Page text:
And self-censorship, at least to me, makes little sense as a means to curb this phenomenon, as it is more a matter of social & psychological patterns as exposed to changing mores splinter people into different realms of effect. Imagine the number of folks who have been less akin toward offense regarding issues that are now being seen as vital, when only a few decades ago were largely taboo. It is because in the shifts in cultural attitudes brought upon by a free expression community that this happens. Again, there is no clear barometer for artisans of any kind to work with in regards to individual taste.
Again, for some artists that express in ways I don’t dare follow, I can see the ingrained need to share these ideas & notions. And yet I can’t imagine censorship that happens before the work is finalized. It is what happens post the work since there is no objective view as to what will fly and not. Even walking on egg shells cannot render some ideas harmfully impotent. In fact, I’m of the belief that there is a necessity to stare difficulty in the face in order to waylay stranger repercussions in the future. It has happened before.
All this said, if it can raise the bar for some, rather I’m all for a more clever means of expression, rather than always be a blunt object. But sometimes, blunt artistic assault can be fully warranted. It just depends.
Journalism ethics don’t always apply to other mediums, but I always thought that one was food for thought. After all, entertainment has a profound effect on our lives and we remember things like movies and books long after we consume them.
It would be unfair to impose creative restrictions on creators, but it feels like some don’t realize the negative effects their work could have. In the end, I’d just like creators to think about their impact more. It’s still up to them whether or not they stop creating offensive jokes, but I feel like a punchline with a misogynistic joke could be just as funny if the misogynist gets his comeuppance a few panels later.
I’m definitely sick of comics that treat women like nothing as objects, treat rape as something to brush off and whatnot, but I’m only in a position to talk about it. I would hope that the creators make the sincere choice to move their jokes away from such subject themselves.
Sorry if this sounds like a weird response. It’s a little difficult to make my thoughts clear here. ^_^
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If someone wants to censor themselves, that’s fine. It’s based on the creator’s personal feelings about something. But in some cases it’s ridiculous.
What you are talking about is on another level. When I think “censorship,” I think about the stupid way comic books edit swear words as “@#@#$%” like no one can tell what’s supposed to be there. If you can’t say what you want to say, maybe you don’t really need to be saying it. That show “*bleep* My Dad Says” makes me groan every time I hear mention of it. It’s obviously “Shit my dad says,” but you can’t say that on that channel I guess. Personally, I think if you can’t say the name of your show on the channel it airs on, you should name it something else.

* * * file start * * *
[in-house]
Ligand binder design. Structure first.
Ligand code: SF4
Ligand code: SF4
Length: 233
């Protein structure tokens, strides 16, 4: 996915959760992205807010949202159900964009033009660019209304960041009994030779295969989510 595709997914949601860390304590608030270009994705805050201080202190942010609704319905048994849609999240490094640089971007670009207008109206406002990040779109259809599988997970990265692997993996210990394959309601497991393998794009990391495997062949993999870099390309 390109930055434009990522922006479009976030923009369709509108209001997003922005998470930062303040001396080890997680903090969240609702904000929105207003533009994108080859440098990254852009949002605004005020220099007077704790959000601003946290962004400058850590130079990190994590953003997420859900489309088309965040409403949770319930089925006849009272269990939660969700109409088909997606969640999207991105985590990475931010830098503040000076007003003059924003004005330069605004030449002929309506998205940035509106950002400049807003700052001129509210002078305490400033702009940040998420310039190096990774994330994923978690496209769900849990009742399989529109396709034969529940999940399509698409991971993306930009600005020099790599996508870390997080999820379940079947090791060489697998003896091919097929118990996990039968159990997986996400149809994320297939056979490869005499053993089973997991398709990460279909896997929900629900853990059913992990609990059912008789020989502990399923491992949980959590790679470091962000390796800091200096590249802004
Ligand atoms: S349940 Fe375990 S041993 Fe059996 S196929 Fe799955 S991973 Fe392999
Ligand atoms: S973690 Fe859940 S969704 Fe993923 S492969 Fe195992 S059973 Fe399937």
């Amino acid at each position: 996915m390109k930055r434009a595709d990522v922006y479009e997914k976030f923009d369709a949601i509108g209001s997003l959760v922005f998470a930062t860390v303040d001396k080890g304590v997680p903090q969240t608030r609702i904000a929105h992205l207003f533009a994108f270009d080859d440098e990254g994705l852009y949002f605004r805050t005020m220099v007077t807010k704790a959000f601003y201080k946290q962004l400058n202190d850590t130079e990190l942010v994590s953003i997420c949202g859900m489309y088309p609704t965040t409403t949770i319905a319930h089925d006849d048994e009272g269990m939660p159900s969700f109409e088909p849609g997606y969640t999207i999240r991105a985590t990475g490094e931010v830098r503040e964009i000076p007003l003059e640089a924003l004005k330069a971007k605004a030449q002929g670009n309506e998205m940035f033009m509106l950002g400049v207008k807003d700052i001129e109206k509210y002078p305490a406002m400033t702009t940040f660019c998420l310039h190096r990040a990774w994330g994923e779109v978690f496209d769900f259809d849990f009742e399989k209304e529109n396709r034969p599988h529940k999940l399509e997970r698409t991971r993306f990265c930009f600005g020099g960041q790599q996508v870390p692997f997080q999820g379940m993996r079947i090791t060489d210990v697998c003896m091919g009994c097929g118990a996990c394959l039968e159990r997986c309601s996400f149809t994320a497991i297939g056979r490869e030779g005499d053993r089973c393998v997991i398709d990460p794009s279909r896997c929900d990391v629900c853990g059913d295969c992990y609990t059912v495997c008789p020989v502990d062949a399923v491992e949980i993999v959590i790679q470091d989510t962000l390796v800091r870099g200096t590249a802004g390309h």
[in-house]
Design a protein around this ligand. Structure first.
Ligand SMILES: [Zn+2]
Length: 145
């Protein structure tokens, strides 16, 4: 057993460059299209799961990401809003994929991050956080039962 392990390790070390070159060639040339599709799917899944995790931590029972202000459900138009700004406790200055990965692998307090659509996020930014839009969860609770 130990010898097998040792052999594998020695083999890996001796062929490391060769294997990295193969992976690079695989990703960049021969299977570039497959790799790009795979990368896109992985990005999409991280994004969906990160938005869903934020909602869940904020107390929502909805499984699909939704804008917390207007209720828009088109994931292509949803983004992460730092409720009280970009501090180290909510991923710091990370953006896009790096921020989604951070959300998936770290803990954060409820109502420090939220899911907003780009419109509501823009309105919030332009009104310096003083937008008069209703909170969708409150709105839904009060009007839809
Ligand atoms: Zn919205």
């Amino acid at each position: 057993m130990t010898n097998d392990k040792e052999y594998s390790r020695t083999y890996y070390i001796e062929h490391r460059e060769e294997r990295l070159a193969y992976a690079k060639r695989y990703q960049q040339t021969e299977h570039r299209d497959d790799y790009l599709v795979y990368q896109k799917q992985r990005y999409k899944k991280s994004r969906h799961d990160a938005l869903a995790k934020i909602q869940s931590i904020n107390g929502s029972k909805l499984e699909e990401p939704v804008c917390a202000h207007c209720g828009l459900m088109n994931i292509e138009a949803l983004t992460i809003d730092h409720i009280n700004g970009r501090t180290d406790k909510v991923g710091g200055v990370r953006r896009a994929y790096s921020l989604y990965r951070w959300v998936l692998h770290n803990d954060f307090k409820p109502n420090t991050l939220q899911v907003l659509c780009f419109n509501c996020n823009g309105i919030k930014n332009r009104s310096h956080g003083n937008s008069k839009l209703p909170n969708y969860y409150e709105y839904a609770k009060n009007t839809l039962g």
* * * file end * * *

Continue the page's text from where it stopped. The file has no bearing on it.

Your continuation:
But this idea that what you say could seriously harm someone…. If it’s on a personal level, like a story about someone/something very specific, then maybe it takes a second look, maybe you need to really think about it and check yourself. If it’s some random joke in a comic? No way. Because you just don’t know who is reading. You’re going to offend someone at some point no matter what, and it’s absurd to basically never talk about anything that might at some point offend someone. It’s also impossible.
I kind of think that you can do one or the other: say whatever you want, or walk on egg shells.
Well. To be fair to the Shit My Dad Says TV show, they would get fined a lot of money if they actually said “shit” on air. That’s FCC rules and it’s just how broadcasting in general works. (The FCC is pretty dumb.)
The rape joke thing isn’t just about hurting someone, it’s also a larger cultural thing a lot of people assign blame unto rape victims for no reason. The biggest problem with that joke is that it rejected a rape victim because it wasn’t worth the while of the hero to help a person in need. What kind of message does that send? Not the best one, even if the strip is meant to be a parody on video games. I could honestly see it be rewritten in a manner, just as funny, perhaps more controversial to the eyes of stupid people, where the “hero” has some sympathy for the victim, but can’t help him because he doesn’t have the capacity to save the guy in the game. Same with the womanizing joke in the other webcomic that I mentioned- it could easily be rewritten slightly to make for a less offending joke by just adding a panel or two showing the womanizer getting his comeuppance. I don’t feel like it’s walking eggshells when you could make it just as funny, but ten times less demeaning with little effort. (Also, I wouldn’t say “never” talk about something that offends. There are ways to talk about them in creative works that addresses the issue, but avoids being offended.) Anyway, in the end, women and rape victims make up for a substantial group of people, so making offensive jokes about those groups…? Yeah, you’re going to offend someone very fast.